Authors: Paul Fuqua and Steven Biver

Publisher: Focal Press

Review by Conrad J. Obregon

Although there are many different books on portrait photography, most of them are organized in a similar format. For example, explanations of lighting ratios are immediately preceded by descriptions of the roles of main lights, fill lights, hair lights and so forth. “FACES: Photography and the Art of Portraiture” takes a different approach.

The book opens with a short portfolio of modern-day portrait photographers, including Joyce Tenneson and Dan Winters, and is followed by a portfolio of historic portraits. The main part of the book consists of a number of two-page spreads each of which includes a portrait, a lighting diagram for most, and a narrative that points out something about the technique and content of each image. The images vary from those taken with elaborate indoor lighting set-ups to quick-catch street pictures, and use cameras from large format to point-and-shoot, and even “toy” cameras. The book ends with short essays on street shooting; preparation; modifying light; the art and craft of portraiture; and an appendix that talks about compositing a group picture, color versus black and white, histograms and lighting ratios. Many of the images have a grittiness to them that might please other viewers, but might not be to the subject’s liking.

One might expect that as one proceeded through the images, simpler concepts would be first introduced, with subsequent images building on these concepts, but the authors’ ideas seemed scattered about. I prefer a more organized approach to instruction so I was discomforted by this round-about presentation. It made it harder for the lessons to stick in my mind. On the other hand, many of the portraits were extraordinary and narratives often contained useful information.

I also found that although the authors may have thought they covered all the key concepts, they missed at least a few. For example, Biver shows portraits that use ambient light at a low level, combined with flash, and shot at a very slow shutter speed with a hand held camera. Experienced photographers should be able to figure out how to calculate all the settings. On the other hand, less experienced photographers, to whom much of the book seems to be addressed, would probably have a hard time figuring out how to duplicate the effect.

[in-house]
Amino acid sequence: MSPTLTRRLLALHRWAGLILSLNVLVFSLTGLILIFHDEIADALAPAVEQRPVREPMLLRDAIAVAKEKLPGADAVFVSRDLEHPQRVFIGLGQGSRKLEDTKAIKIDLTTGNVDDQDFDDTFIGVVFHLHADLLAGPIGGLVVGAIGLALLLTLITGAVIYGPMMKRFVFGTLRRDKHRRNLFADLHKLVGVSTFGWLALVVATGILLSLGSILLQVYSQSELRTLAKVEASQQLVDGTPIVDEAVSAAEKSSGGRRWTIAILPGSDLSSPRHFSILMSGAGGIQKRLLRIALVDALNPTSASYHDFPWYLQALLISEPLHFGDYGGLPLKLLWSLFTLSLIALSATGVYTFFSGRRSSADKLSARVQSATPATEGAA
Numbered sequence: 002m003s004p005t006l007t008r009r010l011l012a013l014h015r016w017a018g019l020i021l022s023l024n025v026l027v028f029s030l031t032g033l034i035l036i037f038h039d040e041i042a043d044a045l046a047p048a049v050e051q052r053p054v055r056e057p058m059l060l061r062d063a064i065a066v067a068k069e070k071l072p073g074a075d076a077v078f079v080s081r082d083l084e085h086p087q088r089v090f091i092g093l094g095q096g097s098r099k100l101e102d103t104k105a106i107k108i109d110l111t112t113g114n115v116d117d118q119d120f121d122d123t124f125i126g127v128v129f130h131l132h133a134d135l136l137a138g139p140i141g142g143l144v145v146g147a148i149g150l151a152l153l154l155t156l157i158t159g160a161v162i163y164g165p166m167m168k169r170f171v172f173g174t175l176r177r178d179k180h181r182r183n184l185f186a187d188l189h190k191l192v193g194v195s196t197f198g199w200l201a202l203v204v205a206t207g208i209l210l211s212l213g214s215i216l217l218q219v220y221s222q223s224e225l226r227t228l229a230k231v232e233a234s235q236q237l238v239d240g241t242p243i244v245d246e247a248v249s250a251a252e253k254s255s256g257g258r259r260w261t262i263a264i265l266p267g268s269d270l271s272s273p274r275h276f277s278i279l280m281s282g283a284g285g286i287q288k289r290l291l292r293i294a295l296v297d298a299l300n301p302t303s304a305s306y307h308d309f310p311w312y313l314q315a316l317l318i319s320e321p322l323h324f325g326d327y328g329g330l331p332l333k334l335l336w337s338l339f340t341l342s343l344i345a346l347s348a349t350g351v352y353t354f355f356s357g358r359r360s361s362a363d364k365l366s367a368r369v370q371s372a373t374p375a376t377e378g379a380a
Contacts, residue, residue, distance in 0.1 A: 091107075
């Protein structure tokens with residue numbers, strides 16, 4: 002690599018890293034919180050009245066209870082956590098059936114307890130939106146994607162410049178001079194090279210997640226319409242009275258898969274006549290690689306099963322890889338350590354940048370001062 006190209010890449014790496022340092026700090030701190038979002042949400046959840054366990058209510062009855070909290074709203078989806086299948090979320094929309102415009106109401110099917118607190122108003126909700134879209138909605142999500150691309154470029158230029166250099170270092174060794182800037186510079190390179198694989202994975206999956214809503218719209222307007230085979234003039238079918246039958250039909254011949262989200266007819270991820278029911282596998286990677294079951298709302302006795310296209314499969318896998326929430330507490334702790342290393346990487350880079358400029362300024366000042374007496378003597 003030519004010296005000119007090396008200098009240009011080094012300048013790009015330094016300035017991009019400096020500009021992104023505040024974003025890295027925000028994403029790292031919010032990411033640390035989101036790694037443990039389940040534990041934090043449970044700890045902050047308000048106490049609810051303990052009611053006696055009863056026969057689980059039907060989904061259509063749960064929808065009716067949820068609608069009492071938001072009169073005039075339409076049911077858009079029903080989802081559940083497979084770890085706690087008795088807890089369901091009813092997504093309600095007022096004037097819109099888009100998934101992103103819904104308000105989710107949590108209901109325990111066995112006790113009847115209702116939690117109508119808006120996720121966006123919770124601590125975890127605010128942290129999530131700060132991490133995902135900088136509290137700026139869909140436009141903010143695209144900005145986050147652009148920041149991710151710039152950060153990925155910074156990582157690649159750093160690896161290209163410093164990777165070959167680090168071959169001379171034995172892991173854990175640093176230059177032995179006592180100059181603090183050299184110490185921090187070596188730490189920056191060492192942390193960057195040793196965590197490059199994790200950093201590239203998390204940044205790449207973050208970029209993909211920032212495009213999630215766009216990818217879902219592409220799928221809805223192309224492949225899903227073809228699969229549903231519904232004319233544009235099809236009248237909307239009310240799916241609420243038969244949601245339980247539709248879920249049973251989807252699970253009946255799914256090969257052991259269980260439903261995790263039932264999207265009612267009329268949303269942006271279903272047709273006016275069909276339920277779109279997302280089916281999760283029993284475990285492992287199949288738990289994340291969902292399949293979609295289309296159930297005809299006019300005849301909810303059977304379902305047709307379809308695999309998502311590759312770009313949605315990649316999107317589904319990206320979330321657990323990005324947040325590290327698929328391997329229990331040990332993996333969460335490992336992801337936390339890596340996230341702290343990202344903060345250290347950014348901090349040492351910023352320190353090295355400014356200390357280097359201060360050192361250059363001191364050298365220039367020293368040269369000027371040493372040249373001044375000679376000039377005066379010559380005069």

Placing the light modifiers section well after the images section means that, unless one has a very good memory, inexperienced users will have to reread the images section to benefit from the author’s pictures.

Occasionally I felt that some of the examples, although perhaps pleasantly quirky, were less successful as portraits. For example, there is a description of a complex group photograph that was so obviously a composite that it seemed to me that the description of the photographer’s efforts to make it look like it wasn’t a composite showed that he failed in his goal.

From a design point of view, I found it very difficult to read the captions on many of the illustrative photos because they were printed in yellow on a white page.

Portrait photography that is above the ordinary is difficult, and one way to learn to make extraordinary images is by looking at the work, and listening to the ideas, of a number of photographers. A photographer willing to spend the time may gain from this unorthodox presentation. However, I certainly would not recommend this volume as an aspiring portrait photographer’s introduction to the art.

_______________
This post sponsored by the Digital SLR Store